Russia is pining to build on its budding relationship with American conservatives—literally.
Amid Russia’s ongoing invasion of Ukraine, and the American Republican Party splitting on its support for the defending nation, Russian authorities apparently are launching construction of a special village outside Moscow dedicated to conservative-minded Americans and Canadians.
State outlet RIA Novosti reported the news Thursday. Timur Beslangurov, a Russian immigration lawyer, said the village would harbor the likes of some “200 families [who] want to emigrate for ideological reasons.”
That’s not all, apparently. Beslangurov claims tens of thousands of people with no Russian roots would like to move to Russia.
“The reason is the inculcation of radical values: Today they have 70 genders; it is not known what will happen next,” he said.
The Russian lawyer claimed that some of those tens of thousands want to move to Russia because they are traditional Catholics who “very strongly believe in the prophecy that Russia will remain the only Christian country in the world.”
According to the lawyer, the future expats would help fund the village.
Beslangurov’s remarks—manifesting from lazing in an armchair and letting late-night fruitcake programming blare mindlessly at you—mirror the broader posturing of Russia’s government as “traditional” in comparison to the West’s supposed loose liberalism. The red-in-the-face finger-pointing at America has led to some pretty exaggerated propaganda in the past:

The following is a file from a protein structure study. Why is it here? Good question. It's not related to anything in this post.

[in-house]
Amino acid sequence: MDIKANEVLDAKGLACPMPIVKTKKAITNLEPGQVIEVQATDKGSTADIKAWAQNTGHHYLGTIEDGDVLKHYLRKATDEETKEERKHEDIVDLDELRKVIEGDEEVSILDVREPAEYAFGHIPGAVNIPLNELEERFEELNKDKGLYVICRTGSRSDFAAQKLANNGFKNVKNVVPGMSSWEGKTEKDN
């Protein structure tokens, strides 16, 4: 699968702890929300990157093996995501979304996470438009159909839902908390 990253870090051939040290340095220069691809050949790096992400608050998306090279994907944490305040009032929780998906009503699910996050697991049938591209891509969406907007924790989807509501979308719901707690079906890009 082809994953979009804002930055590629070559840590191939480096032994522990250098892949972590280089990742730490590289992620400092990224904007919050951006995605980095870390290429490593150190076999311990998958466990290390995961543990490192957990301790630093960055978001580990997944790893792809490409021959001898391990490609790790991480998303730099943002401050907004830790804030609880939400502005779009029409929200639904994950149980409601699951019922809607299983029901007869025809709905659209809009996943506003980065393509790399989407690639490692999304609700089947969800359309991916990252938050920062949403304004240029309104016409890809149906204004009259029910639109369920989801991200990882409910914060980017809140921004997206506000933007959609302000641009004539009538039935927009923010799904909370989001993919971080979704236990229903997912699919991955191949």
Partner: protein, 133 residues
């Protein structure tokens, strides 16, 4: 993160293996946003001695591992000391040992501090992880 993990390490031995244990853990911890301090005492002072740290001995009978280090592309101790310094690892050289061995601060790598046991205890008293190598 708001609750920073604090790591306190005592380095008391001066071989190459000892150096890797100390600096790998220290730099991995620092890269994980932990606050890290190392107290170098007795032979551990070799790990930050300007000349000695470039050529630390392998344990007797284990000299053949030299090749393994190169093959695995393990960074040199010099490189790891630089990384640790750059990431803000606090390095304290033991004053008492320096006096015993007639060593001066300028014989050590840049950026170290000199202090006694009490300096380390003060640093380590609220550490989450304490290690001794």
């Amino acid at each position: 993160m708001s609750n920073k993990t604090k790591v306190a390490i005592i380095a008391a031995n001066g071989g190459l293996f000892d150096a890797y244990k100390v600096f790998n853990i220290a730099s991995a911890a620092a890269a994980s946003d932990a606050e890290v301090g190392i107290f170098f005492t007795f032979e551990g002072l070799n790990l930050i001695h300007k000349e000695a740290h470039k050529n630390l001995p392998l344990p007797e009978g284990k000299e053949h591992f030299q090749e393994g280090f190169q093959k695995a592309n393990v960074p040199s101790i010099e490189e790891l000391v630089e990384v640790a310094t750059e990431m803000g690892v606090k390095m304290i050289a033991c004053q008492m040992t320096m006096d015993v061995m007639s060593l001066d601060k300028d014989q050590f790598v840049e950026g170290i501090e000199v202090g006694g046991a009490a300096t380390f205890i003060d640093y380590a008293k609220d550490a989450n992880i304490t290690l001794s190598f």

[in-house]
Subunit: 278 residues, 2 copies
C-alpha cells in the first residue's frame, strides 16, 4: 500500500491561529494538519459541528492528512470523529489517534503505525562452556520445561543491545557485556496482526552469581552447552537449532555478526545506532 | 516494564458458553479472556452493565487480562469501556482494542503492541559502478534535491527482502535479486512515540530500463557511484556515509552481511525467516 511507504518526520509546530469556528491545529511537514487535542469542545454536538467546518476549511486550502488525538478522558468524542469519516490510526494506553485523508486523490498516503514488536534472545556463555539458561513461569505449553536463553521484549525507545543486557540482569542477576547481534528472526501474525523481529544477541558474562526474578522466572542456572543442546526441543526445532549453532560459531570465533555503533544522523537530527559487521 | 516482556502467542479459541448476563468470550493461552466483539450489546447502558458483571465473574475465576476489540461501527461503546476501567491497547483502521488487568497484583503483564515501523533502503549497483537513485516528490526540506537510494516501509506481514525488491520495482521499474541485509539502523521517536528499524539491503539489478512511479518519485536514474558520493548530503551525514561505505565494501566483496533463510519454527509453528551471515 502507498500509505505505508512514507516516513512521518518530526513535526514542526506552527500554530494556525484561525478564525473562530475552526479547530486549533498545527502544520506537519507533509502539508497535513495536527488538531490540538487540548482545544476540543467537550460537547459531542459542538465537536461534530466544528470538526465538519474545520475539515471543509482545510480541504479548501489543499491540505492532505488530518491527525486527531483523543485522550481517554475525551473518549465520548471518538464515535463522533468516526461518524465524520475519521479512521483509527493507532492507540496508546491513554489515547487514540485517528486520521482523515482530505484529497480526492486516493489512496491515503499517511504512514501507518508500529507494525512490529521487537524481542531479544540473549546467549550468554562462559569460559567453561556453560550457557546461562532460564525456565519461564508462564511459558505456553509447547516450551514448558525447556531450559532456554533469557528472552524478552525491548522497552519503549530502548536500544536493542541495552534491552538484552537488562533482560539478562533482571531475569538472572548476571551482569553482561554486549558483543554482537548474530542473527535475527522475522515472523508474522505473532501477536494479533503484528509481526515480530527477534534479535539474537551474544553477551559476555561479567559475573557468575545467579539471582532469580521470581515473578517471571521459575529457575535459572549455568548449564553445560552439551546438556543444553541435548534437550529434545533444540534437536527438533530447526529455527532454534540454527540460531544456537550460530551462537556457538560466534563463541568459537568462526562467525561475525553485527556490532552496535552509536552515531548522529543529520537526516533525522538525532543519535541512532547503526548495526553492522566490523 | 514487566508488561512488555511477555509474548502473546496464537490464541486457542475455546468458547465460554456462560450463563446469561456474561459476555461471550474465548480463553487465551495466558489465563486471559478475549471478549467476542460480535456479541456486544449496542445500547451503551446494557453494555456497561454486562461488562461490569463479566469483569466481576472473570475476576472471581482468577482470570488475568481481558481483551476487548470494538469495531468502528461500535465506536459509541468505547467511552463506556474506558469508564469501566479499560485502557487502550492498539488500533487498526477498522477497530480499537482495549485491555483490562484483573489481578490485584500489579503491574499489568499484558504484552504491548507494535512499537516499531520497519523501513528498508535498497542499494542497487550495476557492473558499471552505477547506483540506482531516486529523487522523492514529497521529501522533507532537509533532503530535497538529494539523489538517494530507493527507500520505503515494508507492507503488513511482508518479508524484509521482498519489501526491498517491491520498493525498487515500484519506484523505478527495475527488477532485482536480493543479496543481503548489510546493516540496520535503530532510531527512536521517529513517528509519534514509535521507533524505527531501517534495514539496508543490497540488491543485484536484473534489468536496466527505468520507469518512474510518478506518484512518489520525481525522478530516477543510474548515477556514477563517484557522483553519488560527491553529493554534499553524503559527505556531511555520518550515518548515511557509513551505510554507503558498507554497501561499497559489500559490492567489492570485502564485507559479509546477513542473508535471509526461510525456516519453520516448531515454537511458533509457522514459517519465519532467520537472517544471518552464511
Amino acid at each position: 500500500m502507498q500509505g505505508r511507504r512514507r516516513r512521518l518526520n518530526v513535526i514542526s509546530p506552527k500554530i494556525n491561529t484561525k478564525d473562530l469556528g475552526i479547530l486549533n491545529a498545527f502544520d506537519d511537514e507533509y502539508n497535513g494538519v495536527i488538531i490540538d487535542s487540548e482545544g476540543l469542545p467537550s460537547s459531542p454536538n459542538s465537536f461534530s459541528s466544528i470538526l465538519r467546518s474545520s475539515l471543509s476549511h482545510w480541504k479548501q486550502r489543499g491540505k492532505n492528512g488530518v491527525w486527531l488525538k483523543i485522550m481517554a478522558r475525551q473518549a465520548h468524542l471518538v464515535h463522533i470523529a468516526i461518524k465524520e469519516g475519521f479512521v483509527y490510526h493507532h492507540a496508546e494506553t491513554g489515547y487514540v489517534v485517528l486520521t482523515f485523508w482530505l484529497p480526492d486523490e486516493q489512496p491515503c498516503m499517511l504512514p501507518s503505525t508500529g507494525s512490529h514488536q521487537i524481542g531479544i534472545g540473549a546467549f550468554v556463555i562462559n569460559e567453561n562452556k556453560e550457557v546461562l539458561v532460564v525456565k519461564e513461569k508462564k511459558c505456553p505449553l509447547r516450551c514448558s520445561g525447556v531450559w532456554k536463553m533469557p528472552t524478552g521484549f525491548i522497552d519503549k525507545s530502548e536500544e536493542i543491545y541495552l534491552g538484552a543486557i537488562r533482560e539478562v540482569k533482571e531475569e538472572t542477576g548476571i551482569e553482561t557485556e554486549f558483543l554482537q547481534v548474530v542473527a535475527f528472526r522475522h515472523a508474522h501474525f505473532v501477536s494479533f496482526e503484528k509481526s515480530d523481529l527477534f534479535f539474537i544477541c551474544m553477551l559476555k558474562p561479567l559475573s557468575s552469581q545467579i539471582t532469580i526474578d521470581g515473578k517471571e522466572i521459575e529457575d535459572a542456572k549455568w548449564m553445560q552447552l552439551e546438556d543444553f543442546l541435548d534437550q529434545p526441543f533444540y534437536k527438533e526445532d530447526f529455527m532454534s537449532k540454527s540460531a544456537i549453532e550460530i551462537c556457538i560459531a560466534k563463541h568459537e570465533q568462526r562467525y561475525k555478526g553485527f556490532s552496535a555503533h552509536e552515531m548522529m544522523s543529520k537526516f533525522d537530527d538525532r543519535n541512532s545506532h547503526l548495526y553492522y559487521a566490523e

On the other hand, Americans are in fact expressing increased desires to flee the United States—not because there are “70 genders” or too many vegetarians, but because of relentless and widespread attacks on abortion rights and LGBTQ people’s civil rights.
Conversely, Russia’s own “traditional” posturing has resulted in policies like policing the “demonstration” of LGBTQ “behavior,” banning Russians from suggesting that being gay is “normal,” and outlawing all forms of media that could be seen as promoting such “propaganda” (violations of the law could incur punishments up to $33,000 in fines, while nonresidents could be expelled from Russia). None of this includes the growing crackdown on free speech, especially when it comes to criticism of the government and the invasion of Ukraine.
Not a very warm environment for non-Russians to move to.